To Jennie, there was only one way to stem her bleeding. Which is why she went back which is why she saw Denise’s stunned, concerned expression.

*          *          *

Jennie lifted her fork and picked at the last of the tiramisu.

“So where do we go from here?”

“I think I’m a good listener and I can listen. And we can talk about it. No promises. No guarantees.”

Jennie picked at more of her desert and drank more of her now-cold coffee.

Before she could start, Denise did it for her.

“Do you think what you did was wrong? With Michelle?”

This pissed Jennie off. “Of course not. It was the happiest period of my life.”

“Do you regret it?”

“Of course not again. Are you just going to ask me stupid fucking questions?”

“Please bear with me. We’re both math geeks. We need to analyze.” Jamie gave a reluctant nod. “Have you asked yourself, actually asked yourself these questions?”

“I don’t need to because I know the answers.”

“So it’s not being gay that’s the problem?”

Jennie paused. Maybe she hadn’t asked herself the right questions.

“Look,” her anger dissipating, “you may be right. I’ve been trying to change. I forgot to remember the good times. “

The pair continued until they got to the Big Question.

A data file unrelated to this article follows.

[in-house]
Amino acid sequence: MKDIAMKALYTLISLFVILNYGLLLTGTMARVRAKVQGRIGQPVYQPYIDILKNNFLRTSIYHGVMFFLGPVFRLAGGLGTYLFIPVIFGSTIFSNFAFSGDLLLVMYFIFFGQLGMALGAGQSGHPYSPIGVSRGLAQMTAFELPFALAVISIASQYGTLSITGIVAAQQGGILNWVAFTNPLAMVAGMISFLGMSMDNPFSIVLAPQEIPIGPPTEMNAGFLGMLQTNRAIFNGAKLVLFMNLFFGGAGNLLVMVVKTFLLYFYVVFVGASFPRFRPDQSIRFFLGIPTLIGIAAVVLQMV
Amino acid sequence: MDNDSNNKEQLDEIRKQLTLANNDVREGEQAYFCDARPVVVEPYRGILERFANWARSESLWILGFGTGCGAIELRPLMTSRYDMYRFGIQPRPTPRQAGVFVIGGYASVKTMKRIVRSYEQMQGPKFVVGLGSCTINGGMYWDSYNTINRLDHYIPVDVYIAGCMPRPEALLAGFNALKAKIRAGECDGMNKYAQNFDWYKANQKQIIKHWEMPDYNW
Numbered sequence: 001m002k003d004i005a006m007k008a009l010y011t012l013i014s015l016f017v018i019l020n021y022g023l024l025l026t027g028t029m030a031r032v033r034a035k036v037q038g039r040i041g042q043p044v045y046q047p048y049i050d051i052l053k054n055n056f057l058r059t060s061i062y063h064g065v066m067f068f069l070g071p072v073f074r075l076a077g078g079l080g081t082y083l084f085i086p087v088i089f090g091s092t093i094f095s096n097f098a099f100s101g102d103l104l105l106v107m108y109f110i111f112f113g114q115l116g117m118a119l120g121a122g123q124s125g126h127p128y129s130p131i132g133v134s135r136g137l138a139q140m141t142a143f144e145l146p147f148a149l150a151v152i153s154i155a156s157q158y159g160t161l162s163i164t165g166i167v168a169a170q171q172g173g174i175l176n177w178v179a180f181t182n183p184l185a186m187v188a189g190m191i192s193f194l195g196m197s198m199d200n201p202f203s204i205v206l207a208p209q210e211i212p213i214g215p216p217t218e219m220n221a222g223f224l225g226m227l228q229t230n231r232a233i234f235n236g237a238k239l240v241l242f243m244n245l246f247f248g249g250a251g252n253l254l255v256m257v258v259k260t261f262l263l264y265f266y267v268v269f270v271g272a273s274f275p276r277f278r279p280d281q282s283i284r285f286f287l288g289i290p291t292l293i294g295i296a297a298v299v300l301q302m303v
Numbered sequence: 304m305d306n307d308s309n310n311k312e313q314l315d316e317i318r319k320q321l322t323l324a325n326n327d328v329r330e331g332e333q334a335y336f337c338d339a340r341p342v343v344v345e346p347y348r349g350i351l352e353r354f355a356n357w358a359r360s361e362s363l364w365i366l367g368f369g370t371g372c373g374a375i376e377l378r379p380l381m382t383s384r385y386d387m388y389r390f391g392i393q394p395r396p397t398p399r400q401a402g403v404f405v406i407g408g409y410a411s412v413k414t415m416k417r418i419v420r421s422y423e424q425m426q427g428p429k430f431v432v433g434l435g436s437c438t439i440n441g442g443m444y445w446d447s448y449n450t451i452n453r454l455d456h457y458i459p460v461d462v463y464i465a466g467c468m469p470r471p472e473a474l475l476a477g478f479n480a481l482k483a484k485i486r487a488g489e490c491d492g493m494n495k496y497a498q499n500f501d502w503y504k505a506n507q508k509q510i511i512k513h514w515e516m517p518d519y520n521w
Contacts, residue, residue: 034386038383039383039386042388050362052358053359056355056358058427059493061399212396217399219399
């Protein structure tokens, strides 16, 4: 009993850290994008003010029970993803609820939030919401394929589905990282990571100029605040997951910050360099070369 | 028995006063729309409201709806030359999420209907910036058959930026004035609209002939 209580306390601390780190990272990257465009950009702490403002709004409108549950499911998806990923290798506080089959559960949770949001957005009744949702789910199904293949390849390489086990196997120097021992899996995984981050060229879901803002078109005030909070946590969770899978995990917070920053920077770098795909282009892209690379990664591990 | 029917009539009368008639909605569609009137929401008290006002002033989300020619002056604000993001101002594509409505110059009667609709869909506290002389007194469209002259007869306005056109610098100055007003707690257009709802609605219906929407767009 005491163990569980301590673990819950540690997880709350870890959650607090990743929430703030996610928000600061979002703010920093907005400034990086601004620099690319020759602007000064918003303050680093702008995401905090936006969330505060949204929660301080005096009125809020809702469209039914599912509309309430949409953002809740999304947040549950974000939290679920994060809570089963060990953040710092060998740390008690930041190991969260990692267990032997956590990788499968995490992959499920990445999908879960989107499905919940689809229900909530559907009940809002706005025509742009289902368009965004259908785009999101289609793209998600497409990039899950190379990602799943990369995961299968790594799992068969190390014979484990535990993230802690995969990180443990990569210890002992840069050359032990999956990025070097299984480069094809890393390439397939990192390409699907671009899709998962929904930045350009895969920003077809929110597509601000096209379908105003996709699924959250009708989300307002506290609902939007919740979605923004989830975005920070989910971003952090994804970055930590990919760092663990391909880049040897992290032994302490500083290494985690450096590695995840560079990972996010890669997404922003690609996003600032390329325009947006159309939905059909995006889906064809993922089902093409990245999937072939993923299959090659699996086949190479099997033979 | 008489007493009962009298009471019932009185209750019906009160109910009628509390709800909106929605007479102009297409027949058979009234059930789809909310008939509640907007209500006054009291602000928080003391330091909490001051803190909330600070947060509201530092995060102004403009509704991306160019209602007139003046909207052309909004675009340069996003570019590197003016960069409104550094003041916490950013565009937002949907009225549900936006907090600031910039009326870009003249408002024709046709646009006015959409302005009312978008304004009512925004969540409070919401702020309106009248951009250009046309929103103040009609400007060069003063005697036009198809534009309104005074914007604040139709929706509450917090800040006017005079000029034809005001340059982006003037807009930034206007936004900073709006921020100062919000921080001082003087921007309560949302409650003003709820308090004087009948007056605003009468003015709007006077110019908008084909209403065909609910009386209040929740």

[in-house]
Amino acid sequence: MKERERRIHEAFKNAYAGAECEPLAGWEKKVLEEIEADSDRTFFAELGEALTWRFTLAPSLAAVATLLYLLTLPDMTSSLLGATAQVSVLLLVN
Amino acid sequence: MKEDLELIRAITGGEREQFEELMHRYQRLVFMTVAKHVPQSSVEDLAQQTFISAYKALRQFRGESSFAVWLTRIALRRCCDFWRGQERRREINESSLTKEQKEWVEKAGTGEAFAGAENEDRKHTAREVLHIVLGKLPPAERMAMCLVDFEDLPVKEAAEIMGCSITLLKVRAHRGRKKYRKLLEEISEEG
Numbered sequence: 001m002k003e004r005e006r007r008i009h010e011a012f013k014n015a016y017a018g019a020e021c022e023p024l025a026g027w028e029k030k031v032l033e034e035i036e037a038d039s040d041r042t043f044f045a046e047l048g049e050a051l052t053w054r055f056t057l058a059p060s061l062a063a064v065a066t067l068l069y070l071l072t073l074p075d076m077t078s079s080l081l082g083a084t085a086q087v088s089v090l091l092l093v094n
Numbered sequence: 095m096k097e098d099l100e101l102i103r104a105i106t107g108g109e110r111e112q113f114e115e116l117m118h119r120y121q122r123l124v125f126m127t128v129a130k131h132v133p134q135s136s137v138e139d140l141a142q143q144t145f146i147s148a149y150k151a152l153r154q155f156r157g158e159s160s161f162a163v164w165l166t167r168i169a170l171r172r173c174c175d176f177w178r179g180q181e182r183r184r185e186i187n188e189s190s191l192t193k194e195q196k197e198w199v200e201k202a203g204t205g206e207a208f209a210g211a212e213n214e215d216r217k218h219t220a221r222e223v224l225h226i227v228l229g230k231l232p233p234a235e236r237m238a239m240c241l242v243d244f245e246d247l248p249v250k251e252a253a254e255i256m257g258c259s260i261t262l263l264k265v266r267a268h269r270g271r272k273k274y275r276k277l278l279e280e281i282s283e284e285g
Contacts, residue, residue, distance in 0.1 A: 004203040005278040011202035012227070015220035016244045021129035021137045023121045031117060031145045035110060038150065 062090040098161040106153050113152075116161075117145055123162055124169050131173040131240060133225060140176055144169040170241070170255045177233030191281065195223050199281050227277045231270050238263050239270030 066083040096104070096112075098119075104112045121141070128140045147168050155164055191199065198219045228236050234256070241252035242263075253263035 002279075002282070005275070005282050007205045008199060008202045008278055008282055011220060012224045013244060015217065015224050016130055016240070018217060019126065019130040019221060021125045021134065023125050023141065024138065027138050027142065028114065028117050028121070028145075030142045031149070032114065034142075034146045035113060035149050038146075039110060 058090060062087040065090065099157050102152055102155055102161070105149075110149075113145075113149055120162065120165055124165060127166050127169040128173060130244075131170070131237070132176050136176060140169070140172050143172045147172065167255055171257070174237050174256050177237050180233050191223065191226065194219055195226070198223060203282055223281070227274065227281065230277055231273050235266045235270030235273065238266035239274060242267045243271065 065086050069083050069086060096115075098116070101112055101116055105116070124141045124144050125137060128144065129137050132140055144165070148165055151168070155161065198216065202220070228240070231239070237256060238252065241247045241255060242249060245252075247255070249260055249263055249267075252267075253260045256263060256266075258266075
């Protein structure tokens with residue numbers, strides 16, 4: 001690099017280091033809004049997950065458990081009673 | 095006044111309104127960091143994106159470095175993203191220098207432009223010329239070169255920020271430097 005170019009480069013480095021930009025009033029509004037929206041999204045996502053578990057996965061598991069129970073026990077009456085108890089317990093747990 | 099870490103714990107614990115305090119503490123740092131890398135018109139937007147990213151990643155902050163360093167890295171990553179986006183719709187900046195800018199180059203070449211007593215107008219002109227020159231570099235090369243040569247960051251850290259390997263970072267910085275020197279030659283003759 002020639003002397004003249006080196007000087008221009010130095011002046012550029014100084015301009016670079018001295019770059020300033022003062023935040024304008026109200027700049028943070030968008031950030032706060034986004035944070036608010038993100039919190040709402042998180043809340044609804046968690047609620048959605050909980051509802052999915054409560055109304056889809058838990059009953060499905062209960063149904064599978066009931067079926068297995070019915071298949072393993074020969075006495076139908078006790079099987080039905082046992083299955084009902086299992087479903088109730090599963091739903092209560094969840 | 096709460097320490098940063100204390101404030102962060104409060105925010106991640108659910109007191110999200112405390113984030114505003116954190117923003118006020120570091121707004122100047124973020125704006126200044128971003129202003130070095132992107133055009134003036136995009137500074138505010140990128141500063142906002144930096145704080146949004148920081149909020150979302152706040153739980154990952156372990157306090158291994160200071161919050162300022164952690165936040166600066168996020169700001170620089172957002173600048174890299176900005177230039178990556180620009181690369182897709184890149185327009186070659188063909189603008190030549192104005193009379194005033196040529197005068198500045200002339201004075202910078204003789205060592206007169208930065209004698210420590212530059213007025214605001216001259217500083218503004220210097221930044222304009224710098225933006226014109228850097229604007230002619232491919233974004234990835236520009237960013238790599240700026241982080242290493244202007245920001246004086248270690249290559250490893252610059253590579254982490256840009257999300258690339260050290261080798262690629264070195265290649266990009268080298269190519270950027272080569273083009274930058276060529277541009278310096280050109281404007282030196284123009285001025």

“Is the problem that you did something wrong, that you’re going to hell, or that you made a promise to your mother?”

“It’s pretty obvious, isn’t it? I made a promise.”

“If your mother knew how unhappy that promise has made you, do you think she’d insist on you keeping it?”

Jennie always assumed she would. Yet her mom didn’t have a problem with it until the cancer struck. Why was what Jennie was so horrible? Her father was fine with who his daughter was, or is, but because they’d not spoken about it since her mom’s death, they hadn’t discussed how he felt. Would he blame her? Or would he blame his dead wife?

Jennie reached over to Denise. “Thank you. I need to think. Please don’t say anything to Michelle. Please. I’m not ready.” As she got up she added, “I don’t know if I’ll ever be ready.”

Jennie’s Thoughts

I walked home. If there was ever a time to walk to my apartment this was it. Step-after-step by rote, leaving my head free to wander. Would breaking the vow be a betrayal of my mother? The easy way out?

When I got in, I called my dad. I asked if I could see him on Saturday. I made it through Friday, jumping each time my cellphone rang, fearing it was Alex or Denise or even Mish. But they left me alone. On Saturday, my dad was waiting for me at the Huntington Station. I was unusually quiet.

When we got in and the front door was closed, he turned to me.

“What it is, honey?”